FIG. 4 is a chart showing illustrative spring rates in accordance with an embodiment of the present invention.
The invention relates generally to printing presses and more particularly to the lead-in tape mechanism of a folder apparatus for a printing press for delivering signatures.
Lead-in tape systems are commonly used to deliver signatures from a printing press to a stack. A lead-in tape system typically comprises a plurality of lead-in tape mechanisms spaced apart from one another and located side-by-side to one another to contact the signature across its width. Each lead in-tape mechanism has a lead-in tape on one side and a corresponding counter-rotating lead-in tape on the other side to form a signature passage, so that the signature is grasped on both sides and may be transported through the signature passage. Often the signature leaves the signature passage and enters a fan which receives the signature in a fan pocket. The signature is then delivered to a stack as the fan or fans rotate, as described in U.S. Pat. No. 5,112,033, herewith incorporated by reference.
The lead-in tapes typically have guide rollers and a drive roller located inside the lead-in tape for guiding and driving the tape. There are guide rollers at the bottom of the lead-in tape where the signature exits, i.e. the exit rollers.
One exit roller is typically fixed and the other exit roller spring-loaded by a single spring in the direction of the fixed roller to maintain a positive squeeze on the signature as it enters the fans. This squeeze is necessary to assist in driving the signatures into the fans to help deliver the signatures. As the signatures pass through the exit rollers, there is a head-to-tail space or gap between the individual signatures to allow the tips of successive fans to pass between the signatures. When the spring-loaded exit rollers encounter this gap in the signature stream, they close on the fixed rollers and reopen when the head of the next signature is encountered. This creates a bounce phenomena which causes high dynamic loads on the fixed rollers.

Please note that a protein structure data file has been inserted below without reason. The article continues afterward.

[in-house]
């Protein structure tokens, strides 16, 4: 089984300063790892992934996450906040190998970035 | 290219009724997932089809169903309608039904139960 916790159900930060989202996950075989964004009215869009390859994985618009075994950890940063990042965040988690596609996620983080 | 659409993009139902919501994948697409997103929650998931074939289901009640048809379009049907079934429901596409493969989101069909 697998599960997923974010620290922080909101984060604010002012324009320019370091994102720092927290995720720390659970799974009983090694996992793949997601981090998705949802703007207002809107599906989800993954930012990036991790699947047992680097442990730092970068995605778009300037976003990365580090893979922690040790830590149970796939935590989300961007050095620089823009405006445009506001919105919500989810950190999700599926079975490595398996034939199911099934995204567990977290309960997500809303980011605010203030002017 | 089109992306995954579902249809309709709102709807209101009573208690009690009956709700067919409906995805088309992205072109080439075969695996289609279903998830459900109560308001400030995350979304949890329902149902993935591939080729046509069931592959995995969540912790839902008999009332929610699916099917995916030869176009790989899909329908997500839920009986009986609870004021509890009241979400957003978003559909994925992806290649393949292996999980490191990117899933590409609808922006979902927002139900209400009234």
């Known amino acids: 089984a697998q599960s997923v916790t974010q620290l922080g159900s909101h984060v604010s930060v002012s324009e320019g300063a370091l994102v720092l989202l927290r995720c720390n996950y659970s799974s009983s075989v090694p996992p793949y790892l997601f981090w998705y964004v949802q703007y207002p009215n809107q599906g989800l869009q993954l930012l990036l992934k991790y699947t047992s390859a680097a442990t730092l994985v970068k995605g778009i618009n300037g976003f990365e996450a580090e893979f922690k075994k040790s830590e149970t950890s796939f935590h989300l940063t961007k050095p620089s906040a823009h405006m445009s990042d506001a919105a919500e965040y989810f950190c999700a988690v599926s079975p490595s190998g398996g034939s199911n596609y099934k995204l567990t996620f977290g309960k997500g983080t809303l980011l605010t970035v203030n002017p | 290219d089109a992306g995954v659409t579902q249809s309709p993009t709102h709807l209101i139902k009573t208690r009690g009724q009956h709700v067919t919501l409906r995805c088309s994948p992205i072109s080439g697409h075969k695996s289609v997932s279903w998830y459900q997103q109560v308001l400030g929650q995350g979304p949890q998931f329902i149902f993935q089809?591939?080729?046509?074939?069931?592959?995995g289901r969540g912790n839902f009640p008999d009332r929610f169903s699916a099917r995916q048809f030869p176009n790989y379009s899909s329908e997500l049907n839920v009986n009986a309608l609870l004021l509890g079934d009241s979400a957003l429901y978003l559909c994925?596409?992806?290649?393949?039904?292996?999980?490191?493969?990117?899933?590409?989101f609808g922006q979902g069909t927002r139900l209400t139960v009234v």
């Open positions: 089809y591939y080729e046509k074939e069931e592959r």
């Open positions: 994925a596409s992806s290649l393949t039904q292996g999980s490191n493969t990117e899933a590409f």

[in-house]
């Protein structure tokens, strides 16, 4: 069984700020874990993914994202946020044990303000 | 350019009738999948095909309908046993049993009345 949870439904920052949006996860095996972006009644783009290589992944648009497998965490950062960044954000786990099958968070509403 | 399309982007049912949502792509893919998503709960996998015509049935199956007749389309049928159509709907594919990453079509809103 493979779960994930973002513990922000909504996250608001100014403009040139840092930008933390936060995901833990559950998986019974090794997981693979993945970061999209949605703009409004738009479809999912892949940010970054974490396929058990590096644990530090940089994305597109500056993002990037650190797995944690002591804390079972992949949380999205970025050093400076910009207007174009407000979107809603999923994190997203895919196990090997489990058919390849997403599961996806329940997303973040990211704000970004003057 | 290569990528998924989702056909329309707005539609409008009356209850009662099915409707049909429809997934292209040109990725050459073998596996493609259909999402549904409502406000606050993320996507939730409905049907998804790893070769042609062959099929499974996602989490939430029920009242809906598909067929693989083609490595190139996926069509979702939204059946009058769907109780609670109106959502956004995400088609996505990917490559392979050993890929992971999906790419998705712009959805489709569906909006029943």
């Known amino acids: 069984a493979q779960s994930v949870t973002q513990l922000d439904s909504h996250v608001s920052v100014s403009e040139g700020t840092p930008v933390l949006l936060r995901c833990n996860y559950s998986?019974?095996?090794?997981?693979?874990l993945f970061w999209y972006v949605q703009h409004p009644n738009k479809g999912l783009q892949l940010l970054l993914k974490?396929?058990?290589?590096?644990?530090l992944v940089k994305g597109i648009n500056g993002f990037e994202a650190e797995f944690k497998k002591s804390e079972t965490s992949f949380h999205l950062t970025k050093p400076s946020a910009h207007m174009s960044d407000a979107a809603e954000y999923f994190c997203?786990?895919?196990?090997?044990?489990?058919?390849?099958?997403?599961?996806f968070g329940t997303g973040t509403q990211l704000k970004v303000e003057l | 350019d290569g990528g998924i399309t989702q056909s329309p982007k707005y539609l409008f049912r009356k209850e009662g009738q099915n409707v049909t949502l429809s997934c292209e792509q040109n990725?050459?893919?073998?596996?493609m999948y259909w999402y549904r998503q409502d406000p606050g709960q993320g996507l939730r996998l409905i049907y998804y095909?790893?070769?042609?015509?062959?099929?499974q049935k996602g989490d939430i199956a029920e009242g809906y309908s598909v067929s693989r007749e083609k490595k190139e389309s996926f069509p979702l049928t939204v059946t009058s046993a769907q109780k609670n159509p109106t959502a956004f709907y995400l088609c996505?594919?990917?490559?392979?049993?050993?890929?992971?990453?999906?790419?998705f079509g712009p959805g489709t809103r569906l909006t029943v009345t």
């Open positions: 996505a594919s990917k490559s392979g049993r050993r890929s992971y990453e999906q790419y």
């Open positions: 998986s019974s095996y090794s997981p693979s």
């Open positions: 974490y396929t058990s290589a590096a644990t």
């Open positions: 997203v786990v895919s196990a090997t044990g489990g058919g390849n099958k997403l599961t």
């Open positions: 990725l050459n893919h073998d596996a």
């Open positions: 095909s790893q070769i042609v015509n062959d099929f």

Premature failure of the bearings, tapes or other components may then occur, as well as fretting corrosion of the loaded components and slippage of exit roller levers which hold the exit roller. Replacement of these parts can be time-consuming and costly.
An object of the present invention is to reduce the pounding caused by the passage of the signatures through the lead-in tape exit rollers.
Another object of the invention is to reduce the premature failure of bearings, tapes or other components.
The present invention therefore provides a folder apparatus comprising: at least one lead-in tape mechanism having a first lead-in tape and first exit roller and a corresponding second lead-in tape and second exit roller, the first and second lead-in tapes forming a signature passage for delivery of a signature; the first exit roller rotatable about a first roller axis but otherwise fixed; and a lever for supporting the second exit roller, the second exit roller rotatably mounted on the lever about a second roller axis; an arm connected to the lever, the arm having a first side and an opposing second side; a first spring acting against the first side of the arm to urge the lever and second exit roller in the direction of the first exit roller; and a second spring acting against the second side of the arm.
This double spring arrangement allows for reduced pounding as the signatures pass through the lead-in tape mechanism, as well as reducing the chances of premature failure of bearings, tapes and other components.